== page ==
Bird Records 2020 – The Final Scores!

If I have learnt one thing from starting this blog and website it is that the taking of systematic records is of absolute importance. This applies particularly for birds which are, along with insects, the most numerous and frequent visitors to the garden.

I have made some trials and lots of errors and I have for the time being resolved on two records that I maintain for the bird activity.

The first is a very simple record of the types of birds that I see in the garden each week. The period runs from Monday to Sunday and I simple record if the species of bird was seen in the garden during the week. I do not make a count of the number of birds seen.

This record has allowed me to understand how many different species visit the garden, which types of birds are the most frequent visitors and also how this varies throughout the year. I started making the record in January 2020 and the full results for 2020 give a good baseline against which future years can be measured.

I gave some preliminary results in a blog earlier this year but as we are now at the end of December the full results are in. Final Scores for 2020!

The final tally for the number of different bird species which visited the garden during 2020 is 27. The graph shows which were the least frequent visitors and those which were basically permanently present, my residents. I would suggest that anything above 80% is a resident species.

One small caveat on these results is that it is much easier to record the presence of birds which regularly use the bird feeders, they are much more visible. For example the Wren is probably more present than the 24% shown above. However it’s a very small bird which spends it’s time moving quickly through the undergrowth. Although it can be easy to hear it is difficult to spot and therefore perhaps under-represented in my records.

As my garden improves for nature, increasing the volume of insects and also the number of shrubs and trees bearing fruit and berries, I would hope to attract a few more species and to keep some of the more occasional visitors in the garden a little longer. This will be a trend to watch in 2021.

The weekly records also provide the graph below which shows the variation of bird species across the year.

First thing to note in the above graph are the gaps. These are weeks when I didn’t take any records. Obviously there will always be a few blank weeks when I’m not present but in total I missed 11 weeks in 2020, which I think is a few too many. I hope to improve this in 2021.

The maximum number of bird species seen in the garden in any single week during 2020 was 19, which was the week beginning the 14th December. The fewest species recorded was 9, the week beginning the 2nd November. The average across all weeks was about 14.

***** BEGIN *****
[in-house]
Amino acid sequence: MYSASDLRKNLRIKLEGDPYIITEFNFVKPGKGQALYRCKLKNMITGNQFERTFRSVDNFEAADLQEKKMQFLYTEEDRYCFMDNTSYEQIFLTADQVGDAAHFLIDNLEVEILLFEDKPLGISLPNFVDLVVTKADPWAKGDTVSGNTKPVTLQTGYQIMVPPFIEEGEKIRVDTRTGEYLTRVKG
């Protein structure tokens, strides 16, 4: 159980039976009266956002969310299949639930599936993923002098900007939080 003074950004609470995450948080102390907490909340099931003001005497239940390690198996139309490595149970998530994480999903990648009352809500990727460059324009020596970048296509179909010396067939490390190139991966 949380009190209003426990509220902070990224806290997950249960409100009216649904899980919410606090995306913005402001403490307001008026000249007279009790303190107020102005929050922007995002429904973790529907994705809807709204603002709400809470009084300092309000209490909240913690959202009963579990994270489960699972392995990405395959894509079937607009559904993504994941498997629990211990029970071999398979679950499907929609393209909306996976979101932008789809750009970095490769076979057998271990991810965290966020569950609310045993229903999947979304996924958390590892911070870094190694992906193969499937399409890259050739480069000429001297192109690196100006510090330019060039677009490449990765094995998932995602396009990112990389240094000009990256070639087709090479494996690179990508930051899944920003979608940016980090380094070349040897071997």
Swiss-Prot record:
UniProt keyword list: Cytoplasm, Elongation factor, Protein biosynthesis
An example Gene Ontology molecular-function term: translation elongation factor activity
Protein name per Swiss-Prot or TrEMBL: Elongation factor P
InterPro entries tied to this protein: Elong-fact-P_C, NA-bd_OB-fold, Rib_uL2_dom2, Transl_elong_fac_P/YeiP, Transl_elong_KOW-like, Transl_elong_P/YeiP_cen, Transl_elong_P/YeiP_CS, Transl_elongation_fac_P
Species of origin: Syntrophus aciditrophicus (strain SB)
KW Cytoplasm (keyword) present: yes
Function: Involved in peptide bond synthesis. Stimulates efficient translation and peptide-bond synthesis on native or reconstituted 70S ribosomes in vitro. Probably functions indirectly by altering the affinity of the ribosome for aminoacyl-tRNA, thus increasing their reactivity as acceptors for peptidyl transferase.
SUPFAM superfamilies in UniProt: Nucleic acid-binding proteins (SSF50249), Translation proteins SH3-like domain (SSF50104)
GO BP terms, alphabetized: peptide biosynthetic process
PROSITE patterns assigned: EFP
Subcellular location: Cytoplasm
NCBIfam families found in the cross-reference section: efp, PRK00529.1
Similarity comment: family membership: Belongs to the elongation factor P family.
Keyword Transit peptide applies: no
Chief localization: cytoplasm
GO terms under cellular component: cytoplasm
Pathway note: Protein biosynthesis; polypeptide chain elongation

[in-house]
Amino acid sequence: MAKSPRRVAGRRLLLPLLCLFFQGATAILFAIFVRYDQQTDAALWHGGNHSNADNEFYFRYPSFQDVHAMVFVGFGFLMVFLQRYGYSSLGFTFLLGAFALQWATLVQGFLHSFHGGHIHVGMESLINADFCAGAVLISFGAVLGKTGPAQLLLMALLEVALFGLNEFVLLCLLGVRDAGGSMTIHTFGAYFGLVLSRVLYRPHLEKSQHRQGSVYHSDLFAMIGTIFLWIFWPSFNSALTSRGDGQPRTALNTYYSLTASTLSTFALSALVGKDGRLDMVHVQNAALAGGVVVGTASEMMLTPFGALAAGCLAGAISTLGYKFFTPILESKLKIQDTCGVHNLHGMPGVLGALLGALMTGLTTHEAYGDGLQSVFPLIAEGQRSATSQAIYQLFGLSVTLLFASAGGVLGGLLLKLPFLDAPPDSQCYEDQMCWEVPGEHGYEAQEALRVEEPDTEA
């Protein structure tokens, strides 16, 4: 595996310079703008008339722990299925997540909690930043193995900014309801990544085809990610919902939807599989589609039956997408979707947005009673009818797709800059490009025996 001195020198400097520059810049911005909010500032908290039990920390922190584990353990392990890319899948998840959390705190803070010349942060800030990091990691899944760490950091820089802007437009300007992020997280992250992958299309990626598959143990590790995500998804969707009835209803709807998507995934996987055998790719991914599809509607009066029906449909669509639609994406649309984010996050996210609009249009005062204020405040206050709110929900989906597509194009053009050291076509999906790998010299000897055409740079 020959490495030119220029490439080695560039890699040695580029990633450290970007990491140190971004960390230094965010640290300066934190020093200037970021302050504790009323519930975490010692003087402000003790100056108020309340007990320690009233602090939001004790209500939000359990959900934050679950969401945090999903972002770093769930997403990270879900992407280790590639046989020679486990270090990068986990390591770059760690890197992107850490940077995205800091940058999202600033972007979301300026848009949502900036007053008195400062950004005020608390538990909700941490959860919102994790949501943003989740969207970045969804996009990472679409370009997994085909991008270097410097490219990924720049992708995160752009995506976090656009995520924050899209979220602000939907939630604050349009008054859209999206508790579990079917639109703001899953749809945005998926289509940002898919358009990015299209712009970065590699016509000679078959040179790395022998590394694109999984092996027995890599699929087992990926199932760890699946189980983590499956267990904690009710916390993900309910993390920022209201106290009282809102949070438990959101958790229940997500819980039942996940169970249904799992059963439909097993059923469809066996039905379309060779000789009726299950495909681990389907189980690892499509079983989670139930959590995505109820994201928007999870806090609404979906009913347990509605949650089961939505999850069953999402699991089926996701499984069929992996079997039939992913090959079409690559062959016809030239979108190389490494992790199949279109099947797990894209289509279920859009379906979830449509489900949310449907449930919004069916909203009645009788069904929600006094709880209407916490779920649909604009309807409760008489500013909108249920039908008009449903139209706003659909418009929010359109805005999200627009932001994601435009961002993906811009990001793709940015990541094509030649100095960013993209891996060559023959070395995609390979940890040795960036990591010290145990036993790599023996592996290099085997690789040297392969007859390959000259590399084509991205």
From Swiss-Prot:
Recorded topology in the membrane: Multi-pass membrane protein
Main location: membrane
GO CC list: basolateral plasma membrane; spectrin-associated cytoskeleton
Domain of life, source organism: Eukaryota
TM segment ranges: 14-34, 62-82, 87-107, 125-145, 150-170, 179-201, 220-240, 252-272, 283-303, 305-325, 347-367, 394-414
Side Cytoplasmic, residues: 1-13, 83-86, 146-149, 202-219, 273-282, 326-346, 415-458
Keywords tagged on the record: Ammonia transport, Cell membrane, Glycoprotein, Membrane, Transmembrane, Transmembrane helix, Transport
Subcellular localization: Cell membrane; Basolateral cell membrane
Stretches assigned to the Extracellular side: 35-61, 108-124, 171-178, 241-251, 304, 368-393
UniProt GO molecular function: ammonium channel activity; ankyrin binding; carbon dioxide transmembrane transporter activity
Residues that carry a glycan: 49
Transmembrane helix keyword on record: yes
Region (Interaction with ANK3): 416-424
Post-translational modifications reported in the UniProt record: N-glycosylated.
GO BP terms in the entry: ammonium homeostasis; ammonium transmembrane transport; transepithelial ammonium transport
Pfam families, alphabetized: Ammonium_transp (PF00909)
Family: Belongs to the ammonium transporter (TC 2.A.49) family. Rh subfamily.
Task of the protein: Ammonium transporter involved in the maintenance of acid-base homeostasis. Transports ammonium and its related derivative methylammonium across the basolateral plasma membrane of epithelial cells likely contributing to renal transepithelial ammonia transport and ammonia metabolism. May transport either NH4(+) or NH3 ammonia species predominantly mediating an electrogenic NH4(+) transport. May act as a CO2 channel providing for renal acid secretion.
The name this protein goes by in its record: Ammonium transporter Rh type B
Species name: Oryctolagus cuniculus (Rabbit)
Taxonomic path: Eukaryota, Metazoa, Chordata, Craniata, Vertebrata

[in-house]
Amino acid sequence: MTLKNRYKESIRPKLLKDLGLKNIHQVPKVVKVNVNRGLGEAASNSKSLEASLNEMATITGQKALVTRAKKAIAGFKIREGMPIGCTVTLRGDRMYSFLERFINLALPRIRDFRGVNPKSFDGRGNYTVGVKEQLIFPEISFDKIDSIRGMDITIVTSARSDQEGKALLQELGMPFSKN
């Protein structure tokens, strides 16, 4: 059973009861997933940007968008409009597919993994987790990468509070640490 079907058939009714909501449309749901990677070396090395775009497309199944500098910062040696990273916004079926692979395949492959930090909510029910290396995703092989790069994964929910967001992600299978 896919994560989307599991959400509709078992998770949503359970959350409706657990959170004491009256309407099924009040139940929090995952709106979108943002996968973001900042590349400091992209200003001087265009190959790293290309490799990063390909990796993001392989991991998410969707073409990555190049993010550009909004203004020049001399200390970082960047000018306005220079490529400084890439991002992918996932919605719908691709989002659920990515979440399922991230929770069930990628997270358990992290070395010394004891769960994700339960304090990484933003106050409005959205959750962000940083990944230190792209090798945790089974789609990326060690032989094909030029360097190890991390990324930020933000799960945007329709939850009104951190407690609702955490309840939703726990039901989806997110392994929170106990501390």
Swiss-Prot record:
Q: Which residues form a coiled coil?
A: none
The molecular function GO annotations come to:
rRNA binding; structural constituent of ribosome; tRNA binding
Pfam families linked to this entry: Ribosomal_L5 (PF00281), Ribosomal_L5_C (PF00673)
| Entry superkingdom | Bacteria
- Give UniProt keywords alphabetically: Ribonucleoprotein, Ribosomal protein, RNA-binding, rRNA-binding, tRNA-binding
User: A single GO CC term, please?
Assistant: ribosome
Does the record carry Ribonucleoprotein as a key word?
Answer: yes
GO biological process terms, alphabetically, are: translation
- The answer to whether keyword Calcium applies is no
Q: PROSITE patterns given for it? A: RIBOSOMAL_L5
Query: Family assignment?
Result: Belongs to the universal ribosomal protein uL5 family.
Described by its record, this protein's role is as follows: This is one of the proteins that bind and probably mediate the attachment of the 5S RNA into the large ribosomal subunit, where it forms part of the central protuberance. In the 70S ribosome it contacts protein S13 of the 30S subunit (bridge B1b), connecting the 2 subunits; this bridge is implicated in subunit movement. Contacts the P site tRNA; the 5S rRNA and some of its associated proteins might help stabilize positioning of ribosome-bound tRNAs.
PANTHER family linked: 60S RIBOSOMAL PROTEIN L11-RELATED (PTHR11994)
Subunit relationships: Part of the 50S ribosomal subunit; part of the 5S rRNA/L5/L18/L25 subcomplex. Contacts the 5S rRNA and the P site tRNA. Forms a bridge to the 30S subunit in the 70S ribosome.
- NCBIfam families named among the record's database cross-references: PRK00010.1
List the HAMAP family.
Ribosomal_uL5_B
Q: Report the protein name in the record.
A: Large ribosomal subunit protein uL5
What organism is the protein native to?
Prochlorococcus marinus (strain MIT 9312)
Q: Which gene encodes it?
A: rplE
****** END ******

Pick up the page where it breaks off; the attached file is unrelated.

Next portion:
The general trend is that the best period for birds visiting the garden is November-March, Winter through to early Spring. The worst period during 2020 was summer, the months of July-September.

This is all quite typical and not an unsurprising finding. Birds need suburban gardens more in the winter, in the summer months, with an abundance of natural food sources, they will spend more time away.

I’m not sure that any improvements I make to the garden environment will change this overall trend. What I can potentially hope to see is a general increase in the number of visiting species.

The second type of record that I take is an hourly survey where I count the bird activity during a specific hour. During this period I record both the different species that visit and also the number of birds I see at any one time. Following my initial counting errors, see the blog ‘Update on the Garden Birds’, I have been making the survey on a more or less weekly basis since 11th November.

I upload the results to the LPO website where they compile an overall picture for France. The RSPB or BTO do a similar thing in the UK.

At this stage, I don’t have enough data to draw any conclusions. Typically during the hour of observation I see some or all of the resident birds, normally in quite small numbers. Perhaps the variety of species and the numbers will vary over time? I will keep going with the records in 2021 and we shall see.

So as we start 2021, and perhaps you are thinking of a resolution or two, why not consider making some records of the bird activity in your garden. They call it ‘Citizen Science’ and I can heartily recommend it.

Thanks again for following the blog and don’t forget to keep checking out the website. I update the various nature logs on a regular basis and in general keep the content evolving, not all of which is shared via the blog Posts.

It just leaves me to wish you all a Happy New Year and an excellent 2021. It can surely only be an improvement on 2020.

PS: I sent out a Blog Post earlier this week which was just a collection of nest box pictures. Apologies for this. It was not meant to be sent as a Blog Post, I was actually just trying to upload some pictures to the site for later use. I’ve learnt my lesson, I know how it works now, apologies for the SPAM!

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